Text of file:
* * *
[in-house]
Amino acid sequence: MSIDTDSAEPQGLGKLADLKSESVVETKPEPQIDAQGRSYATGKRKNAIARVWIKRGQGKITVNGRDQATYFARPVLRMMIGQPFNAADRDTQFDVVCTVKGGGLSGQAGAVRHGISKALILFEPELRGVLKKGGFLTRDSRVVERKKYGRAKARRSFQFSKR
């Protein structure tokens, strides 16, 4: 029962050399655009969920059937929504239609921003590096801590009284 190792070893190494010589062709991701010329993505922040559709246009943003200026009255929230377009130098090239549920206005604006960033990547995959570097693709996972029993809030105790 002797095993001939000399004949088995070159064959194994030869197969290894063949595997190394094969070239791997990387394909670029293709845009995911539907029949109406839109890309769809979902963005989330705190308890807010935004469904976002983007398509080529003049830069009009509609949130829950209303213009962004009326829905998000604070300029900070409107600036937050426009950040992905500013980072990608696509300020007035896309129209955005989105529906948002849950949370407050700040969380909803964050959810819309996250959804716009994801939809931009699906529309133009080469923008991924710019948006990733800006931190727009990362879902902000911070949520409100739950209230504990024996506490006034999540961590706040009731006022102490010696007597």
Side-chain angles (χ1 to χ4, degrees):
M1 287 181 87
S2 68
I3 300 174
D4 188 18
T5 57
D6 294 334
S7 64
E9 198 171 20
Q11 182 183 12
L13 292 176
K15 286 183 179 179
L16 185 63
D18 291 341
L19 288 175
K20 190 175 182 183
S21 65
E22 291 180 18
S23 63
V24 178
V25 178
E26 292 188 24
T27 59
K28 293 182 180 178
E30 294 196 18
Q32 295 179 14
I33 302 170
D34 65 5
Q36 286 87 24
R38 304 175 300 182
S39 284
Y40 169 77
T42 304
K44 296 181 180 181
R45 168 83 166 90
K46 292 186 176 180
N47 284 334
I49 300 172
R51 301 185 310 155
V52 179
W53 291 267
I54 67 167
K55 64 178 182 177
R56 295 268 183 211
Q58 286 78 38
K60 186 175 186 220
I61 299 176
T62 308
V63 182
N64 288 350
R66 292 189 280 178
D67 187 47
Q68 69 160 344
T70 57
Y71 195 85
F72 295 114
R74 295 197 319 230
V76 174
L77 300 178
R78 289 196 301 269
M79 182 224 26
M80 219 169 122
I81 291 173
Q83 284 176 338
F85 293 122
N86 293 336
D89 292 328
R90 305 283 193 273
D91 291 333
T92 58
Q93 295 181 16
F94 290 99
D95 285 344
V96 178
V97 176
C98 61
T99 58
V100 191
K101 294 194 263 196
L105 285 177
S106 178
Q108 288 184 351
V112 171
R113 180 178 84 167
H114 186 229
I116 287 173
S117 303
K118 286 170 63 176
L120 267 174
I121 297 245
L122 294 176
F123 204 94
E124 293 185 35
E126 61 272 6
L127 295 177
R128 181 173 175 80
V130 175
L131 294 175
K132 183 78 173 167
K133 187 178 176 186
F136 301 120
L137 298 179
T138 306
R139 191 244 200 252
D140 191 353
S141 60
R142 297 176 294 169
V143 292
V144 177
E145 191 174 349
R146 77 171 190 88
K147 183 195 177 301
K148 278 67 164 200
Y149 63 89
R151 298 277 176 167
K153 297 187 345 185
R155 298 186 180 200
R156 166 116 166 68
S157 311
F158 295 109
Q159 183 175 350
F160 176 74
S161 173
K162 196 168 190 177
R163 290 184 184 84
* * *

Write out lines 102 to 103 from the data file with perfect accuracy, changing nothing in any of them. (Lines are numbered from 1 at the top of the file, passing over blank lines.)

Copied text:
K132 183 78 173 167
K133 187 178 176 186